[Date Prev][Date Next][Thread Prev][Thread Next][Date Index][Thread Index]

Re: The Friendly Atom

     Well Andy, some of us were even grown up (though just barely) in 1954, 
     and I remember the friendly atom pretty well.  The friendly atom image 
     wasn't altogether a good idea: the benefits of the "peaceful atom" 
     were somewhat overstated, and the adverse effects downplayed or 
     concealed altogether.  In 1959, Edward Teller lectured at my graduate 
     school and said, literally, that the only way Sr-90 could get into 
     milk was from cow bone chips in the milk!
     Unfortunately the antis took a leaf from the pro-nuke book and started 
     exaggerating just when some of the more blatant pro-nuke exaggerations 
     were being exposed.  Many uninformed people are more likely to believe 
     negative exaggerations than positive ones, so it has become more 
     difficult to counter them.  Also, it's hard to prove or demonstrate 
     the absence of something.
     I have no original or earth-shattering suggestions.  However it is 
     wise always to tell the truth, to keep pointing out the exaggerations, 
     and to put some perspective on risk.  The perspective I suggest is 
     that a risk <0.001 is essentially intuitively zero: e.g., if the 
     weather man predicts 10% chance of rain, do you think it's going to 
     rain?  No.  If you have a disease with a 95% recovery rate, do you 
     think you are going to get well?  Of course.  I am also coming to the 
     conclusion that no respectable, credible, honest scientist can be 
     found any longer on the anti-nuke side, because, as more and more 
     questions are answered, the science is on the pro-nuke side.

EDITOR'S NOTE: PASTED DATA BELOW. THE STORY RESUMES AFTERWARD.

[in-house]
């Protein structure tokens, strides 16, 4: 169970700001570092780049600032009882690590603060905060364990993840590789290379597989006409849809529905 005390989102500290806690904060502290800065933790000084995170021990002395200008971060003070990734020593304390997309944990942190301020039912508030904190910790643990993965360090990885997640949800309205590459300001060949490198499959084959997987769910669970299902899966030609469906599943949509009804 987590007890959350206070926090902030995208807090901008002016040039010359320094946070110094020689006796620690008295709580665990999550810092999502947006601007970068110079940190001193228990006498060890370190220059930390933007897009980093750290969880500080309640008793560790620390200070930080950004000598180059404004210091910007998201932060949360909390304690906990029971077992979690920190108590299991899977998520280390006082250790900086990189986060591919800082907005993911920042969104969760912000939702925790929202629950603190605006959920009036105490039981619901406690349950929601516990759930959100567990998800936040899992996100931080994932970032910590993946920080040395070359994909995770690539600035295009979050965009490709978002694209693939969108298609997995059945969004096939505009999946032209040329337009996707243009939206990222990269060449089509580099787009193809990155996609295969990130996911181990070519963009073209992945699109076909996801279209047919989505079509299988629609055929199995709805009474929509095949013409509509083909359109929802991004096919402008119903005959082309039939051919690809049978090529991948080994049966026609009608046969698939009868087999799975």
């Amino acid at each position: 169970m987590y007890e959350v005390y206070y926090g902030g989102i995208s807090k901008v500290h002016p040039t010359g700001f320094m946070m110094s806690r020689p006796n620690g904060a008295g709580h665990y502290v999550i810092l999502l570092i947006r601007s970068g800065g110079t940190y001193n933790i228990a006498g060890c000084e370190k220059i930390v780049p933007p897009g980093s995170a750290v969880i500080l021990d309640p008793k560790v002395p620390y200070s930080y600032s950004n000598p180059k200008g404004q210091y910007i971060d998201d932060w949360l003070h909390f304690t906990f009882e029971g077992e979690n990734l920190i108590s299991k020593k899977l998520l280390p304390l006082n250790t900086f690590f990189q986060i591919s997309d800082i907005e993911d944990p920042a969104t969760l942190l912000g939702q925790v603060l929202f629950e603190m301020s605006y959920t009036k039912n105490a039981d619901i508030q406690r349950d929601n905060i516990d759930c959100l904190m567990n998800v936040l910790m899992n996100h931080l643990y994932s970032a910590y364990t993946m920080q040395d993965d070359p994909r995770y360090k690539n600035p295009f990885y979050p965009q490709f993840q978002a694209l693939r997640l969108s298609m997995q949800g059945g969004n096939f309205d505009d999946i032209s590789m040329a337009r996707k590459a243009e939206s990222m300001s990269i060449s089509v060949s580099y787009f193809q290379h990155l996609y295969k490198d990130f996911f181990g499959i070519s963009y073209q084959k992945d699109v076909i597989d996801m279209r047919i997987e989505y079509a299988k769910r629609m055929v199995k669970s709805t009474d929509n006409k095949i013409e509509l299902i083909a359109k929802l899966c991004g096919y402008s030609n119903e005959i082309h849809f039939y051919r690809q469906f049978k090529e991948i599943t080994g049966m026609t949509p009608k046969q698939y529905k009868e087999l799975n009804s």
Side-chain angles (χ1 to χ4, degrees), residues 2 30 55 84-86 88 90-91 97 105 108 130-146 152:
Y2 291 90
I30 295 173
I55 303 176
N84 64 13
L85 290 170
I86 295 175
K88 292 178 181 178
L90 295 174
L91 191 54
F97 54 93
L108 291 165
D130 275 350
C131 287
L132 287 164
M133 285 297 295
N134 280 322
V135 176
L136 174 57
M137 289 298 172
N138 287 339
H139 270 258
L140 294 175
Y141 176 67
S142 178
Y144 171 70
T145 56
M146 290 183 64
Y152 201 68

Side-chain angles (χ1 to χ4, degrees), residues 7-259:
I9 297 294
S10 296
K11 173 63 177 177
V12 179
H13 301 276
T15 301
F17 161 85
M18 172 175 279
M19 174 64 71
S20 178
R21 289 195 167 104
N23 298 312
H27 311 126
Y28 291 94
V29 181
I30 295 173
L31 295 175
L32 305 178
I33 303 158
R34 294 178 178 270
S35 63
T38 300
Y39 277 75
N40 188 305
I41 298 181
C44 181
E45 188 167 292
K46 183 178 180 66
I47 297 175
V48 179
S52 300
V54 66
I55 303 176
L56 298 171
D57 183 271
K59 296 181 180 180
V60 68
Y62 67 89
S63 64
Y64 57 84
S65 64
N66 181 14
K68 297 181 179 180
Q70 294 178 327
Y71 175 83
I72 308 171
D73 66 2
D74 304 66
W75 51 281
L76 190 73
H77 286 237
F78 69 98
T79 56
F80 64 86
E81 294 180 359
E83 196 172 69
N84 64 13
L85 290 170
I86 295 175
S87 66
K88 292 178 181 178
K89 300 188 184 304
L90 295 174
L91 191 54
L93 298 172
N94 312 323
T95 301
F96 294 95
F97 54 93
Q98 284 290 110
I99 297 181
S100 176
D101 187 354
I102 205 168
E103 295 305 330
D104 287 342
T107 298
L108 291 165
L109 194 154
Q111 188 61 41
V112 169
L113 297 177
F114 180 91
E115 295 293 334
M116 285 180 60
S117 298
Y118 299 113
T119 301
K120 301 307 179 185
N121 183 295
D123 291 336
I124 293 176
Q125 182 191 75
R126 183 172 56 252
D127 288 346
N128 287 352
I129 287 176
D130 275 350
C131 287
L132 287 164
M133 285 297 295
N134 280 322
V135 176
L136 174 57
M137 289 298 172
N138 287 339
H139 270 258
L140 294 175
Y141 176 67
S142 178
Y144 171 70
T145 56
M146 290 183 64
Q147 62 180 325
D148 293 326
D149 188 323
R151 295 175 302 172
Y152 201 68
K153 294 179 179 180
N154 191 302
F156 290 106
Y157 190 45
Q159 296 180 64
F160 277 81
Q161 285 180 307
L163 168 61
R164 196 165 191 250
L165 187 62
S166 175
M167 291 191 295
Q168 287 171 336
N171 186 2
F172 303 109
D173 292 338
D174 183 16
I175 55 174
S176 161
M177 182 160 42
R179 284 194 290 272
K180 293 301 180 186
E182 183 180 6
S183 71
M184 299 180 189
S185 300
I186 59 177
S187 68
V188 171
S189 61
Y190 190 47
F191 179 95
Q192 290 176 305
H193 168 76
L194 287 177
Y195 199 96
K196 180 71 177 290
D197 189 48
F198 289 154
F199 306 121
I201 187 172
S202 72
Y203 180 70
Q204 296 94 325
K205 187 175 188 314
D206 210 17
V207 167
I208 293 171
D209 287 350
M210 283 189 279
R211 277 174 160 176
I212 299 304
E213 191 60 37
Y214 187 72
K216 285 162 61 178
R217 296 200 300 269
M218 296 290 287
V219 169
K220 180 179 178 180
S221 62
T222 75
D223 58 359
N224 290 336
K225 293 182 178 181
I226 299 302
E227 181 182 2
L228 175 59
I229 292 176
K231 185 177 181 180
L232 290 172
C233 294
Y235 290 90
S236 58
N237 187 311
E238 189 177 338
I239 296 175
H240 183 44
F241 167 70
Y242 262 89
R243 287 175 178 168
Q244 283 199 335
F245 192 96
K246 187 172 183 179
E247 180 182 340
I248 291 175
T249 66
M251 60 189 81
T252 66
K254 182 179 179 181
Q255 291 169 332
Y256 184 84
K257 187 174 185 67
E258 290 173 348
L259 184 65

Clearly only my own opinion
     Ruth F. Weiner
     Transportation Systems Department
     Sandia National Laboratories
     fax 505-844-0244

______________________________ Reply Separator _________________________________
Subject: The Friendly Atom
Author:  karam.1@osu.edu at hubsmtp
Date:    4/14/98 11:38 AM

I was recently reading an article titled "Man's New Servant, the Friendly 
Atom" from a 1954 National Geographic (I wasn't alive then, my wife bought 
me the new 30 CD ROM set of the magazine from 1888 through 1997).  As you 
can guess, the article was pretty upbeat, mentioning things like screwfly 
sterilization, thickness gauges, atomic energy, medical research, medical 
procedures, and so forth.
What struck me most upon finishing the article is that, in over 40 years, 
the arguments and examples we give the public have hardly changed while 
those of our opponents have.  Could this help to explain the feeling that 
we're on the losing end of the PR wars?  Can anyone suggest ways we might 
try to adapt our message in the same way the antis have?  Or should we be 
trying to come up with a new message?  At this point I have no answers, 
only an observation and a lot of questions.
The opinions expressed above are well-reasoned and insightful.  Needless to 
say, they are not those of my employer. (with apologies to Michael Feldman)
Andrew Karam, MS, CHP                         (614) 292-1284 (phone) 
The Ohio State University                          (614) 292-7002 (fax)
Office of Radiation Safety                         "The mind is not a vessel to 
1314 Kinnear Road                              be filled but a fire to be 
Columbus, OH  43212                              lighted." (Plutarch)